Cancer from A to Z

Types of cancer, how to prevent them, diagnosis and treatment.


Soft Tissue Sarcoma

Sarcomas are large group of malignant tumors that can be found almost anywhere in the body and can strike young and old alike. Soft tissue sarcomas can develop in every type of soft tissue in the body, including nerves, fat, muscle and blood vessels. Sarcomas can also occur in almost any organ, including the lungs, heart, gastrointestinal tract, liver, kidney and the extremities.


More than half of soft tissue sarcomas—about 60% —occur in the arms and legs. Other common sarcomasites include the trunk (20% of cases), the abdomen (15%) and the head and neck region. For more information on sarcomas that occur in cartilage and bone, view bone cancer.


Types of Sarcoma

There are more than 30 different types of malignant soft tissue sarcoma. They can be simply categorized according to the types of cells affected: fat, smooth muscle, skeletal muscle, nerve tissue, joints, blood and/or lymph vessels and fibrous tissue. There is also a category for sarcomas of undetermined or mixed type. Some of the most common types of sarcoma are listed below:


Liposarcoma appears as a malignant form of fatty tissue and is most often found in the legs (back of the knee and thigh), or the posterior abdominal area. Liposarcomas can be slow-growing or aggressive. Most patients are between the ages of 50 and 65 years.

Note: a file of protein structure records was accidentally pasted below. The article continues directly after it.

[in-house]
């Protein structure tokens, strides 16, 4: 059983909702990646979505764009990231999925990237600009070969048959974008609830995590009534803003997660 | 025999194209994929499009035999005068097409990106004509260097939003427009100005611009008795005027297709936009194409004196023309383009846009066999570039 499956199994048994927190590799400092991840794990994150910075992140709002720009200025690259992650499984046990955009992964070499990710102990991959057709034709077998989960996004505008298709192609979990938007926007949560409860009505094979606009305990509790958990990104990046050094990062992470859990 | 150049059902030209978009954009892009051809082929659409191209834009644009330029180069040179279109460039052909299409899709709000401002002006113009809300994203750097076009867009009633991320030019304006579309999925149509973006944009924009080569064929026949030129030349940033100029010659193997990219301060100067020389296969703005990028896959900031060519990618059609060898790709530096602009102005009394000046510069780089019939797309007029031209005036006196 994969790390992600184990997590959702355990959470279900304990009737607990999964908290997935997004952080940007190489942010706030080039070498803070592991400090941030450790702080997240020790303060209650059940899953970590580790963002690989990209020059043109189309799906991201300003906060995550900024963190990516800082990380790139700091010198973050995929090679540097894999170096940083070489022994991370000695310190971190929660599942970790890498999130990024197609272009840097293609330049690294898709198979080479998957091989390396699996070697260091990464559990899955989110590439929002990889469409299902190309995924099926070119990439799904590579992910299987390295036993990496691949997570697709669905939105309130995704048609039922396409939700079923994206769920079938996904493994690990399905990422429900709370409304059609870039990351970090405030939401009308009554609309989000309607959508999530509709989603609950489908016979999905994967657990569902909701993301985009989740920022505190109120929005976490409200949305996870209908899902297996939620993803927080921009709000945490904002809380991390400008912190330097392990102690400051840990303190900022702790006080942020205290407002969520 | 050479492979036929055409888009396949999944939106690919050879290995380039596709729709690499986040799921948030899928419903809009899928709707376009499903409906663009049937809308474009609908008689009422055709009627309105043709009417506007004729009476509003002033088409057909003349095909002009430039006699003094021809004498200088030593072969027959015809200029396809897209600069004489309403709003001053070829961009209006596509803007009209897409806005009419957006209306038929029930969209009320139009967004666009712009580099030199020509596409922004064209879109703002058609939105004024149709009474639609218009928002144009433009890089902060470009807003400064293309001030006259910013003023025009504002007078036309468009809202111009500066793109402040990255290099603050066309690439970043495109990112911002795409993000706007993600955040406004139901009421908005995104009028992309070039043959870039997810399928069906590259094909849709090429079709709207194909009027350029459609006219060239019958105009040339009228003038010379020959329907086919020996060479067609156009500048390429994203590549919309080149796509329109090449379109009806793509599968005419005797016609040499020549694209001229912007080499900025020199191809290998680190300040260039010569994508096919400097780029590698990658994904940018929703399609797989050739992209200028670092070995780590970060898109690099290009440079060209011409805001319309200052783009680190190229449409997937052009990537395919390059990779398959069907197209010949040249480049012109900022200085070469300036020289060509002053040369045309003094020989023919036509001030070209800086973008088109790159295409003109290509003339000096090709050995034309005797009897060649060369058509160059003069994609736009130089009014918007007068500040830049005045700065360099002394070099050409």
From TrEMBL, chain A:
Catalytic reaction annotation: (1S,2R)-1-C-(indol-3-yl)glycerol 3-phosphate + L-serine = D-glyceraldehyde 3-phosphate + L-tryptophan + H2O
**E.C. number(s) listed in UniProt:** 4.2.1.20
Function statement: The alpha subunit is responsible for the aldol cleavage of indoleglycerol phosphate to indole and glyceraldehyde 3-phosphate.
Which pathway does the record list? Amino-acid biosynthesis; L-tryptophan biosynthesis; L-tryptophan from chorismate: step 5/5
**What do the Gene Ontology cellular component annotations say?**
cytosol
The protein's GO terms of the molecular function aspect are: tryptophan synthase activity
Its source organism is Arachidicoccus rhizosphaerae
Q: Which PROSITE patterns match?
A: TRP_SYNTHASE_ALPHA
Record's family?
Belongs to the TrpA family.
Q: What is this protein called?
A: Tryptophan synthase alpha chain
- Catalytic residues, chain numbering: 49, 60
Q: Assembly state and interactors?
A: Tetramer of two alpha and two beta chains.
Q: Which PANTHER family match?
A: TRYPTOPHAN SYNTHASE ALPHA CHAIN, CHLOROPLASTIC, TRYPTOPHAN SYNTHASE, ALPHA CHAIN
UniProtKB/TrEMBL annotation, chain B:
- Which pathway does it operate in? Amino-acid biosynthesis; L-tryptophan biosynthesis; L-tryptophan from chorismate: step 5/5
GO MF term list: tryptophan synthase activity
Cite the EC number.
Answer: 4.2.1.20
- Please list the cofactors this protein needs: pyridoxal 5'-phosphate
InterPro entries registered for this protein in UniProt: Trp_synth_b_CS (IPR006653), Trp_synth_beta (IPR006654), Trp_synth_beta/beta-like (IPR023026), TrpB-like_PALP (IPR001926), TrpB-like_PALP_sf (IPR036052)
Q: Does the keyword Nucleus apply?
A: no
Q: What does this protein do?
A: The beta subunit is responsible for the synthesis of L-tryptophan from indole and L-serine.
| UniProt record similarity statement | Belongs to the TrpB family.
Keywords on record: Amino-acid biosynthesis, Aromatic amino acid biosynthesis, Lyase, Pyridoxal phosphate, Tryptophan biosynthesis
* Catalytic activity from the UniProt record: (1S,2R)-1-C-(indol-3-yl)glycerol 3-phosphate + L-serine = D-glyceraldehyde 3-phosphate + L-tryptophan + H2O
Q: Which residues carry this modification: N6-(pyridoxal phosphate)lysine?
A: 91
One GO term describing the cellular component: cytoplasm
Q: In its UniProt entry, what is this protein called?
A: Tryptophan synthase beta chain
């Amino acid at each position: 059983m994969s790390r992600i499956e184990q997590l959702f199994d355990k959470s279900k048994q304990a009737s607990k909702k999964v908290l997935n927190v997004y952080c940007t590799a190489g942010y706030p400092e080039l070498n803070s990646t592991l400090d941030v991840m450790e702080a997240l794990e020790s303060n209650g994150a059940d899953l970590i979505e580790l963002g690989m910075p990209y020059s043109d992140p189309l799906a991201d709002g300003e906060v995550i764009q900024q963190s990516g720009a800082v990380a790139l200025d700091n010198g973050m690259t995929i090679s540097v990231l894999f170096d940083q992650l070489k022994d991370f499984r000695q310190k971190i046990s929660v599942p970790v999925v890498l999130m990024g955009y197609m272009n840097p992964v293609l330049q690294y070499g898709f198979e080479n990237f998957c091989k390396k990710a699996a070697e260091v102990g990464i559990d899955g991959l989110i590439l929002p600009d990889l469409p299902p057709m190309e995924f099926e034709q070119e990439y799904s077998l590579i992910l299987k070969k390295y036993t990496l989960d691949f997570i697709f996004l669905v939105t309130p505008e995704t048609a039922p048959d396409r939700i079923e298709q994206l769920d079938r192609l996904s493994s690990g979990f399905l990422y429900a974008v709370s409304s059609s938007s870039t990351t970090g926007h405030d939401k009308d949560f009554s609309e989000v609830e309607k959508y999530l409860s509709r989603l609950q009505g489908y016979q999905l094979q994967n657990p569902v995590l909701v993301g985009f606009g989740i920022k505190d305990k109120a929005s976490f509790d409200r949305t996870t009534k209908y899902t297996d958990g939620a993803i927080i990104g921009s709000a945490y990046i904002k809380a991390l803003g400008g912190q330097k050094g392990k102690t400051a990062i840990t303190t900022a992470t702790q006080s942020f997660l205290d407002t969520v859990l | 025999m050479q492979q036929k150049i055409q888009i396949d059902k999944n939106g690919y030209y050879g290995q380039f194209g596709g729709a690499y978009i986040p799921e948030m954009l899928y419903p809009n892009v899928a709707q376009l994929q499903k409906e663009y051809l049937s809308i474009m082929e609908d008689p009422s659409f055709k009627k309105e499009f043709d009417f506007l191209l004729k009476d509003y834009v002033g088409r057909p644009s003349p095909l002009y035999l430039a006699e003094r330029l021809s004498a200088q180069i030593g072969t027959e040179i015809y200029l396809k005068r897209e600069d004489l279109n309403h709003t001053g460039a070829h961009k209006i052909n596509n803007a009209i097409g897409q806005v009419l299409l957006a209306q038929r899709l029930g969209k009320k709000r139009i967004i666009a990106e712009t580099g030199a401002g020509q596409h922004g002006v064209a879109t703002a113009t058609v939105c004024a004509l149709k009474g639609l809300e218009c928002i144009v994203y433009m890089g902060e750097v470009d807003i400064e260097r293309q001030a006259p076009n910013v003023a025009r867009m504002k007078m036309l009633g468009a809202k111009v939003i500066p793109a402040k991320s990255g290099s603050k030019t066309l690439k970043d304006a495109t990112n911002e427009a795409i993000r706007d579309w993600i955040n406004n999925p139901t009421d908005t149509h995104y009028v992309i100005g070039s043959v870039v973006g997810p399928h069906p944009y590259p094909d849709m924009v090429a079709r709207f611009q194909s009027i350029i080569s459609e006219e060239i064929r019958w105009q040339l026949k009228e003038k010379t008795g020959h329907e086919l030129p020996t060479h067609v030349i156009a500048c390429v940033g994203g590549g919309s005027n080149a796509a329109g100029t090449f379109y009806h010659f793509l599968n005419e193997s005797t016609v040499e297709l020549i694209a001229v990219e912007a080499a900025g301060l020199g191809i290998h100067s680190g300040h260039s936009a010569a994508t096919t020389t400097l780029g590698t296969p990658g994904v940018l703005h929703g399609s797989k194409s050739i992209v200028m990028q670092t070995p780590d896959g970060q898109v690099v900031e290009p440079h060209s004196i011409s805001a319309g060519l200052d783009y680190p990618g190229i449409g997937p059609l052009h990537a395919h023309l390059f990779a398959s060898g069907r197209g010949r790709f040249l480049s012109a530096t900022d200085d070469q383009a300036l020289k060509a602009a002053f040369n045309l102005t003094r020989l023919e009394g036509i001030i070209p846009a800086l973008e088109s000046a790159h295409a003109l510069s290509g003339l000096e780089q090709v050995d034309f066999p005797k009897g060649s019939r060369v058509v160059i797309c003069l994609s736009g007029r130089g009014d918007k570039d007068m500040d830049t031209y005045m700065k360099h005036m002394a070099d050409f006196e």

Leiomyosarcoma appears as a malignant form of smooth muscle, which is found in the lining of the gastrointestinal tract, womb, blood vessels, skin and other organs. The abdomen, extremities and posterior abdominal area are the most common site for leiomyosarcomas, but internal organs and blood vessels may also be affected.


Pleomorphic Sarcoma and Malignant Fibrous Histiocytoma (MFH) occurs in fibrous tissue in the arms and legs. It is a common form of malignant sarcoma in older adults, and has a tendency to spread to distant areas of the body, particularly the lungs.


Rhabdomyosarcoma has the appearance of rhabdomyoblasts, immature cells that form the body’s skeletal muscles. It occurs in two age groups: children under five years of age, and adolescents and older individuals.

The incidence in Spain is similar to other developed countries. Rhabdomyosarcoma represents 8% of all child tumours.


Since rhabdomyosarcoma can be a very fast-growing tumor, immediate treatment is crucial.


Fibrosarcoma originates in the fibrous tissue found at the end of long bones in the arms and legs, and in the trunk. Fibrosarcomas generally occur in adults under 60, but infants and the elderly can also be affected.


Synovial sarcomas are composed of cells that are similar to cells that line joints, although it's not believed to arise from the synovium, which produces fluid to lubricate the joints. These tumors are usually found in the knees, ankles, hips and shoulders. Adolescents and young adults are most likely to have synovial sarcomas, although they can occur later in life.


Gastrointestinal stromal tumors (GIST) occur in the interstitial cells of Cajal (ICC), which are special cells that line the walls of the gastrointestinal tract. These cells signal muscles to contract to move food and liquid along the digestive tract. More than half of GIST tumors are found in the stomach, but can also occur in the small intestine, esophagus, colon and rectum. Most GIST patients are 50 to 70 years of age.

Sarcomas close to the surface of the skin may be easily detected, but those deeper in the body may not become apparent until they get large. Only about half of sarcomas are detected in the early stages before they spread. Sarcoma Symptoms may include:

  • A new lump
  • A lump that appears to be growing in size
  • Abdominal pain (when the tumor becomes large enough to affect nearby organs)
  • Blood in the feces or vomit